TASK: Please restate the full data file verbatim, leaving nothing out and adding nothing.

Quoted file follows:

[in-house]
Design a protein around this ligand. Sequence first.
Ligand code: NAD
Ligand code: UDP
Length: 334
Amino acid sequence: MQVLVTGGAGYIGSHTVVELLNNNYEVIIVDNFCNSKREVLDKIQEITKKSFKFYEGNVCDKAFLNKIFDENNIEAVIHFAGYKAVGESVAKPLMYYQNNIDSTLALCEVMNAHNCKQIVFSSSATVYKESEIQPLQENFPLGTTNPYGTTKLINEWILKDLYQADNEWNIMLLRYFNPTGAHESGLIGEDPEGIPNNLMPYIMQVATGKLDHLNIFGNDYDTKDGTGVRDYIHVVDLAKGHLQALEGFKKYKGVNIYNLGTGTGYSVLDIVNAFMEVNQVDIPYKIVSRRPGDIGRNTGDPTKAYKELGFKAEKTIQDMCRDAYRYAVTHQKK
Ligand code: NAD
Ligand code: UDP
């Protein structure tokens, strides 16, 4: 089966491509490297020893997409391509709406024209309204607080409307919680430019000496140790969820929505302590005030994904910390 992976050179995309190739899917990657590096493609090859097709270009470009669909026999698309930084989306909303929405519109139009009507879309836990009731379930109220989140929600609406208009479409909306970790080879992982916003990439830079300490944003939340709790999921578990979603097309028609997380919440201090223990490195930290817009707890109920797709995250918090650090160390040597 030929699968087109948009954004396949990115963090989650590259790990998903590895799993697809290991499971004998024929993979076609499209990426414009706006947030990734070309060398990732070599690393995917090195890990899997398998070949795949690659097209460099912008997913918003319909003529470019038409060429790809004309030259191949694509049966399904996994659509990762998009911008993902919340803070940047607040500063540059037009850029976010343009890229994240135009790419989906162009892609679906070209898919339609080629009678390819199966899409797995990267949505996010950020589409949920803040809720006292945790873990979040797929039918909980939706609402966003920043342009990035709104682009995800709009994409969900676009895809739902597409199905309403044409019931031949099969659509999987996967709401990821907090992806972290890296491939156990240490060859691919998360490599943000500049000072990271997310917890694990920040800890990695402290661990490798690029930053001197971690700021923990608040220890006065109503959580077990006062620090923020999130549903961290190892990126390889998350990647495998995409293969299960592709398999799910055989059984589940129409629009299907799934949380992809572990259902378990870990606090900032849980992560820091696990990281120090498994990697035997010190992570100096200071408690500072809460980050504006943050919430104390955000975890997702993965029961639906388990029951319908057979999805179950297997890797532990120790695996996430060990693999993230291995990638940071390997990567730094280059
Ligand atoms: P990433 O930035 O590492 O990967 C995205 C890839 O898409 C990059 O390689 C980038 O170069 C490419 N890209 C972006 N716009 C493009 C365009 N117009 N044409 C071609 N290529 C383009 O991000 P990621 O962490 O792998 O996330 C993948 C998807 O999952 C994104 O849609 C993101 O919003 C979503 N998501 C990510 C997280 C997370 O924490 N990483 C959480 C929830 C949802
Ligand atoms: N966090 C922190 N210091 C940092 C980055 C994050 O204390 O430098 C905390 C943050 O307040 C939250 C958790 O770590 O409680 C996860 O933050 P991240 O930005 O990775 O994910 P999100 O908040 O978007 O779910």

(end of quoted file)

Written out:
[in-house]
Design a protein around this ligand. Sequence first.
Ligand code: NAD
Ligand code: UDP
Length: 334
Amino acid sequence: MQVLVTGGAGYIGSHTVVELLNNNYEVIIVDNFCNSKREVLDKIQEITKKSFKFYEGNVCDKAFLNKIFDENNIEAVIHFAGYKAVGESVAKPLMYYQNNIDSTLALCEVMNAHNCKQIVFSSSATVYKESEIQPLQENFPLGTTNPYGTTKLINEWILKDLYQADNEWNIMLLRYFNPTGAHESGLIGEDPEGIPNNLMPYIMQVATGKLDHLNIFGNDYDTKDGTGVRDYIHVVDLAKGHLQALEGFKKYKGVNIYNLGTGTGYSVLDIVNAFMEVNQVDIPYKIVSRRPGDIGRNTGDPTKAYKELGFKAEKTIQDMCRDAYRYAVTHQKK
Ligand code: NAD
Ligand code: UDP
């Protein structure tokens, strides 16, 4: 089966491509490297020893997409391509709406024209309204607080409307919680430019000496140790969820929505302590005030994904910390 992976050179995309190739899917990657590096493609090859097709270009470009669909026999698309930084989306909303929405519109139009009507879309836990009731379930109220989140929600609406208009479409909306970790080879992982916003990439830079300490944003939340709790999921578990979603097309028609997380919440201090223990490195930290817009707890109920797709995250918090650090160390040597 030929699968087109948009954004396949990115963090989650590259790990998903590895799993697809290991499971004998024929993979076609499209990426414009706006947030990734070309060398990732070599690393995917090195890990899997398998070949795949690659097209460099912008997913918003319909003529470019038409060429790809004309030259191949694509049966399904996994659509990762998009911008993902919340803070940047607040500063540059037009850029976010343009890229994240135009790419989906162009892609679906070209898919339609080629009678390819199966899409797995990267949505996010950020589409949920803040809720006292945790873990979040797929039918909980939706609402966003920043342009990035709104682009995800709009994409969900676009895809739902597409199905309403044409019931031949099969659509999987996967709401990821907090992806972290890296491939156990240490060859691919998360490599943000500049000072990271997310917890694990920040800890990695402290661990490798690029930053001197971690700021923990608040220890006065109503959580077990006062620090923020999130549903961290190892990126390889998350990647495998995409293969299960592709398999799910055989059984589940129409629009299907799934949380992809572990259902378990870990606090900032849980992560820091696990990281120090498994990697035997010190992570100096200071408690500072809460980050504006943050919430104390955000975890997702993965029961639906388990029951319908057979999805179950297997890797532990120790695996996430060990693999993230291995990638940071390997990567730094280059
Ligand atoms: P990433 O930035 O590492 O990967 C995205 C890839 O898409 C990059 O390689 C980038 O170069 C490419 N890209 C972006 N716009 C493009 C365009 N117009 N044409 C071609 N290529 C383009 O991000 P990621 O962490 O792998 O996330 C993948 C998807 O999952 C994104 O849609 C993101 O919003 C979503 N998501 C990510 C997280 C997370 O924490 N990483 C959480 C929830 C949802
Ligand atoms: N966090 C922190 N210091 C940092 C980055 C994050 O204390 O430098 C905390 C943050 O307040 C939250 C958790 O770590 O409680 C996860 O933050 P991240 O930005 O990775 O994910 P999100 O908040 O978007 O779910």